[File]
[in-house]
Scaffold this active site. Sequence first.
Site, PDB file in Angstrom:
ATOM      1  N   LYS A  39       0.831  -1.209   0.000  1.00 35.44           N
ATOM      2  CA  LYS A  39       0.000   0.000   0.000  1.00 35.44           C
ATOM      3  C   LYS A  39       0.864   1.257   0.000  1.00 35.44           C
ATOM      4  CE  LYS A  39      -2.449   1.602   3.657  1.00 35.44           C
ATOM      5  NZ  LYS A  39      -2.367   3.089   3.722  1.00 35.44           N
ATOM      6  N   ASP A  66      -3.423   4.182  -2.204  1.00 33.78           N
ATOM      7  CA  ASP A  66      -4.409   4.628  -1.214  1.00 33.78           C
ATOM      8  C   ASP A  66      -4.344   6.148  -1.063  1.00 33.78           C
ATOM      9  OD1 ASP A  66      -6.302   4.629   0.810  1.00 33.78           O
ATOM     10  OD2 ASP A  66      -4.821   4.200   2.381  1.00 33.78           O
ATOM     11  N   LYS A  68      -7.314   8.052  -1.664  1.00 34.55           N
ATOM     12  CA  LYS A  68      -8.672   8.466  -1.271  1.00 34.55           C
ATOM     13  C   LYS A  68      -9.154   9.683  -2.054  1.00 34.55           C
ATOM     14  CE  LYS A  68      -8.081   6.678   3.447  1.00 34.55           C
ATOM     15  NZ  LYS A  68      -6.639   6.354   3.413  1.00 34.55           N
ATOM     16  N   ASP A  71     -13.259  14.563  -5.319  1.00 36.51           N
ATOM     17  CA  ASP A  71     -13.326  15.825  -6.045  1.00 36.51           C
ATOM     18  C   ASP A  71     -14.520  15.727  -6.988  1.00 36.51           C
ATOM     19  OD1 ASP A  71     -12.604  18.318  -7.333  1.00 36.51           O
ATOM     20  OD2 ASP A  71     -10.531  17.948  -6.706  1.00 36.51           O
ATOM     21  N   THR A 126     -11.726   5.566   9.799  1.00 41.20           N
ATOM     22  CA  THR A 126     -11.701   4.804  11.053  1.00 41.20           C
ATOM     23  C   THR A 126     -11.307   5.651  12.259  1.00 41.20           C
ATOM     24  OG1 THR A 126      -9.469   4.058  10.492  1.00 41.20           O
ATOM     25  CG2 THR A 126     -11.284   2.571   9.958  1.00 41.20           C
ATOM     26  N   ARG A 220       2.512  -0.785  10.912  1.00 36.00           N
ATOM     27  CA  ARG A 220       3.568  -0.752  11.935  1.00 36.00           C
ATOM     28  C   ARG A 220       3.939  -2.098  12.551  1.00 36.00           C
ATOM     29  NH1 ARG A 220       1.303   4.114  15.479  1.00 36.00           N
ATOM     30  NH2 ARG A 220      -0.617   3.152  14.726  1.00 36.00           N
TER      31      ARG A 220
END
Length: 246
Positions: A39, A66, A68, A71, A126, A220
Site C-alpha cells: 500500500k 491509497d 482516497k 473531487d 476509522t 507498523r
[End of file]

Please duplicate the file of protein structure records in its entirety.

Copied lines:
[in-house]
Scaffold this active site. Sequence first.
Site, PDB file in Angstrom:
ATOM      1  N   LYS A  39       0.831  -1.209   0.000  1.00 35.44           N
ATOM      2  CA  LYS A  39       0.000   0.000   0.000  1.00 35.44           C
ATOM      3  C   LYS A  39       0.864   1.257   0.000  1.00 35.44           C
ATOM      4  CE  LYS A  39      -2.449   1.602   3.657  1.00 35.44           C
ATOM      5  NZ  LYS A  39      -2.367   3.089   3.722  1.00 35.44           N
ATOM      6  N   ASP A  66      -3.423   4.182  -2.204  1.00 33.78           N
ATOM      7  CA  ASP A  66      -4.409   4.628  -1.214  1.00 33.78           C
ATOM      8  C   ASP A  66      -4.344   6.148  -1.063  1.00 33.78           C
ATOM      9  OD1 ASP A  66      -6.302   4.629   0.810  1.00 33.78           O
ATOM     10  OD2 ASP A  66      -4.821   4.200   2.381  1.00 33.78           O
ATOM     11  N   LYS A  68      -7.314   8.052  -1.664  1.00 34.55           N
ATOM     12  CA  LYS A  68      -8.672   8.466  -1.271  1.00 34.55           C
ATOM     13  C   LYS A  68      -9.154   9.683  -2.054  1.00 34.55           C
ATOM     14  CE  LYS A  68      -8.081   6.678   3.447  1.00 34.55           C
ATOM     15  NZ  LYS A  68      -6.639   6.354   3.413  1.00 34.55           N
ATOM     16  N   ASP A  71     -13.259  14.563  -5.319  1.00 36.51           N
ATOM     17  CA  ASP A  71     -13.326  15.825  -6.045  1.00 36.51           C
ATOM     18  C   ASP A  71     -14.520  15.727  -6.988  1.00 36.51           C
ATOM     19  OD1 ASP A  71     -12.604  18.318  -7.333  1.00 36.51           O
ATOM     20  OD2 ASP A  71     -10.531  17.948  -6.706  1.00 36.51           O
ATOM     21  N   THR A 126     -11.726   5.566   9.799  1.00 41.20           N
ATOM     22  CA  THR A 126     -11.701   4.804  11.053  1.00 41.20           C
ATOM     23  C   THR A 126     -11.307   5.651  12.259  1.00 41.20           C
ATOM     24  OG1 THR A 126      -9.469   4.058  10.492  1.00 41.20           O
ATOM     25  CG2 THR A 126     -11.284   2.571   9.958  1.00 41.20           C
ATOM     26  N   ARG A 220       2.512  -0.785  10.912  1.00 36.00           N
ATOM     27  CA  ARG A 220       3.568  -0.752  11.935  1.00 36.00           C
ATOM     28  C   ARG A 220       3.939  -2.098  12.551  1.00 36.00           C
ATOM     29  NH1 ARG A 220       1.303   4.114  15.479  1.00 36.00           N
ATOM     30  NH2 ARG A 220      -0.617   3.152  14.726  1.00 36.00           N
TER      31      ARG A 220
END
Length: 246
Positions: A39, A66, A68, A71, A126, A220
Site C-alpha cells: 500500500k 491509497d 482516497k 473531487d 476509522t 507498523r